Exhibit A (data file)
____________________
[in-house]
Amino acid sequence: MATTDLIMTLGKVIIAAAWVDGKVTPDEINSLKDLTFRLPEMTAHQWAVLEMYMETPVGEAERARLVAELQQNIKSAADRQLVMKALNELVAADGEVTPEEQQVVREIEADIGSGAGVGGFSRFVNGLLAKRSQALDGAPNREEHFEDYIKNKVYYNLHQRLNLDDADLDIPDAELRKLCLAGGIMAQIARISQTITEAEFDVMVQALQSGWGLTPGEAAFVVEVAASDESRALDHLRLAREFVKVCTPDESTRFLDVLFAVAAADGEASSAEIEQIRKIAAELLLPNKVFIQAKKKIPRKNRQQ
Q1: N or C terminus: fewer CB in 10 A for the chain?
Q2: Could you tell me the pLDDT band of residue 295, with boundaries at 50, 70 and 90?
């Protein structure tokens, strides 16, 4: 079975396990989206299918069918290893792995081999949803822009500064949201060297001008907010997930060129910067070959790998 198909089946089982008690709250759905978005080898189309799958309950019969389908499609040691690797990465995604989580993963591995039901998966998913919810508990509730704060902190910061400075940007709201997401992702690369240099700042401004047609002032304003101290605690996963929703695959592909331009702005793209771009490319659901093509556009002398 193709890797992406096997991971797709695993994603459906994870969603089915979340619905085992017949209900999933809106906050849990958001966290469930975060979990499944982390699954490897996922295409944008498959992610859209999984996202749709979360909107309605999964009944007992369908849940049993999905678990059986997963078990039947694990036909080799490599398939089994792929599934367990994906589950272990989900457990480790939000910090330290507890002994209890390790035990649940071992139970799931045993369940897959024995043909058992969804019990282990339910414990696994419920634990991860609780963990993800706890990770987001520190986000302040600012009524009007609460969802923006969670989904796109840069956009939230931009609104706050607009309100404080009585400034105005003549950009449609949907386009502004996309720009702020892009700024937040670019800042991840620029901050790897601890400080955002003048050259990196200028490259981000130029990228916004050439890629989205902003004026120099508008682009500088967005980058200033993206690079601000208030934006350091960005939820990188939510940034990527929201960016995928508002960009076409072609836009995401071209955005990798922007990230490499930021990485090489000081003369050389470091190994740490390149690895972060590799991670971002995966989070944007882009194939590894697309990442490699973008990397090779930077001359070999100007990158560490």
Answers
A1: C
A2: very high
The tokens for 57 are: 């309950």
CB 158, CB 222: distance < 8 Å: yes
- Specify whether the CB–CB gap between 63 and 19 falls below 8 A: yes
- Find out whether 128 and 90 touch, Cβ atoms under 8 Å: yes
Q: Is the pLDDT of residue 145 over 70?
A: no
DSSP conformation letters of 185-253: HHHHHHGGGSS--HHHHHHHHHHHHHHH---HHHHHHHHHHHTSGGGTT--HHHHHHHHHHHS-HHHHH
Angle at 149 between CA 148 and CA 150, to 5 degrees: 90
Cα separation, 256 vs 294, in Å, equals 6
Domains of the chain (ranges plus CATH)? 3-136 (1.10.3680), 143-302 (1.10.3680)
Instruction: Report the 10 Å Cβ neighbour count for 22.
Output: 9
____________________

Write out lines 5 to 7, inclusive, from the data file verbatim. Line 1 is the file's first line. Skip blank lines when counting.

């Protein structure tokens, strides 16, 4: 079975396990989206299918069918290893792995081999949803822009500064949201060297001008907010997930060129910067070959790998 198909089946089982008690709250759905978005080898189309799958309950019969389908499609040691690797990465995604989580993963591995039901998966998913919810508990509730704060902190910061400075940007709201997401992702690369240099700042401004047609002032304003101290605690996963929703695959592909331009702005793209771009490319659901093509556009002398 193709890797992406096997991971797709695993994603459906994870969603089915979340619905085992017949209900999933809106906050849990958001966290469930975060979990499944982390699954490897996922295409944008498959992610859209999984996202749709979360909107309605999964009944007992369908849940049993999905678990059986997963078990039947694990036909080799490599398939089994792929599934367990994906589950272990989900457990480790939000910090330290507890002994209890390790035990649940071992139970799931045993369940897959024995043909058992969804019990282990339910414990696994419920634990991860609780963990993800706890990770987001520190986000302040600012009524009007609460969802923006969670989904796109840069956009939230931009609104706050607009309100404080009585400034105005003549950009449609949907386009502004996309720009702020892009700024937040670019800042991840620029901050790897601890400080955002003048050259990196200028490259981000130029990228916004050439890629989205902003004026120099508008682009500088967005980058200033993206690079601000208030934006350091960005939820990188939510940034990527929201960016995928508002960009076409072609836009995401071209955005990798922007990230490499930021990485090489000081003369050389470091190994740490390149690895972060590799991670971002995966989070944007882009194939590894697309990442490699973008990397090779930077001359070999100007990158560490």
Answers
A1: C